2 June, Tuesday — God and Mammon

Tuesday of Week 9 in Ordinary Time

2 Peter 3:11-15,17-18
Mark 12:13-17

Give back to Caesar what belongs to Caesar – and to God what belongs to God

It seems to be a badge of honour amongst my friends to proudly announce how hard they work. This is especially so in this period of working from home, where the boundary between work and home is blurred. It is very clear to see how much work has consumed each part of our lives, that we often forget that the human person is not designed solely for work.

In today’s first reading, St Peter reminds us that we should not be “carried away by the errors of unprincipled people.” Indeed the ways of the working world may emphasise to us the need to be productive and to continually work hard. This is definitely not what we are designed for. Work is meant to be sanctified with prayer — our work is supposed to be a witness to the world on what it means to be a Christian. This is why Jesus reminds us in today’s Gospel about the importance of knowing where our priorities lay, and to accord the necessary effort accordingly.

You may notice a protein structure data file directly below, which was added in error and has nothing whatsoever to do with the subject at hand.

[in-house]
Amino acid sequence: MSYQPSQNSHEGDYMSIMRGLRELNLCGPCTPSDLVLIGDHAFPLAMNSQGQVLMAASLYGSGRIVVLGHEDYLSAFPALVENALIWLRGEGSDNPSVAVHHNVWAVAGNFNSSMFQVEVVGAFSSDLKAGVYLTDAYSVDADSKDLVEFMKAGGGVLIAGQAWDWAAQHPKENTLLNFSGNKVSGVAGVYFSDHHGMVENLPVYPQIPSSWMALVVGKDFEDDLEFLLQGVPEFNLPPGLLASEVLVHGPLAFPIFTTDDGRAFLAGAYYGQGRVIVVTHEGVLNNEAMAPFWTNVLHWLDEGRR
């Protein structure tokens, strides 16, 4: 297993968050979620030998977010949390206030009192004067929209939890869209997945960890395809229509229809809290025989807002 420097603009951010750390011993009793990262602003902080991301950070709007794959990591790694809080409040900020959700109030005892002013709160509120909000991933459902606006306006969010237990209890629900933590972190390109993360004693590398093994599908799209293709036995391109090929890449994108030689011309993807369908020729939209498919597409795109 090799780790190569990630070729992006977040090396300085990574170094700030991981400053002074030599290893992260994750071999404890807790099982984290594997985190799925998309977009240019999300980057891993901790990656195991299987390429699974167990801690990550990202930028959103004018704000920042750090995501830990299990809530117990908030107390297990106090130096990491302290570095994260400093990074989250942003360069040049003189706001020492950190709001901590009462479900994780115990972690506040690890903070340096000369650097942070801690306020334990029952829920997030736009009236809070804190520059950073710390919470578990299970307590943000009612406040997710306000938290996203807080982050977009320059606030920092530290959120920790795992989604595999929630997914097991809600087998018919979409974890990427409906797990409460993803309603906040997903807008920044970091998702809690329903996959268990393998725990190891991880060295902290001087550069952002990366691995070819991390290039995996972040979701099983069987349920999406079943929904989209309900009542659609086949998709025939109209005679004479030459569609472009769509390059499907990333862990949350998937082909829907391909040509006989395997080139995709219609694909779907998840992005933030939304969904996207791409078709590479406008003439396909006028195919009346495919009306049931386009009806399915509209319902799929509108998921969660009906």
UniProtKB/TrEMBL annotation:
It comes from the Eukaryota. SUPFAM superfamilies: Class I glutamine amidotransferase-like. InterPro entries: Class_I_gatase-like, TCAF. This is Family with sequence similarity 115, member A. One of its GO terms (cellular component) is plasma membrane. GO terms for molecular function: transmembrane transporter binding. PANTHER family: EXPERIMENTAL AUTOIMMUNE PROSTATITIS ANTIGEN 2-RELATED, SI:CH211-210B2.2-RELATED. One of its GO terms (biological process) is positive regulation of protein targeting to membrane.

It is very difficult for us to adhere to this distinction, especially because God is invisible. But I ask that each of you reading this reflection, pause and reflect on the phrase that every employer reminds us that “Nobody is indispensable.” God, on the other hand, created you in His very own image and likeness. He cares for each one of you and desires that you love Him wholeheartedly.

For those in Singapore, today marks the first phase of the easing of the circuit breaker measures. There might be some of us who are returning to the routine of work, which involves the commute and interaction with our colleagues in the work environment. Let us ask God to grant us the wisdom to draw the line between work and our own personal time with God.

(Today’s Oxygen by Nicholas Chia)

Prayer: Heavenly Father, I pray for the health of everyone present.

Thanksgiving: We give thanks for all who are at the frontline of battling the COVID-19 crisis.

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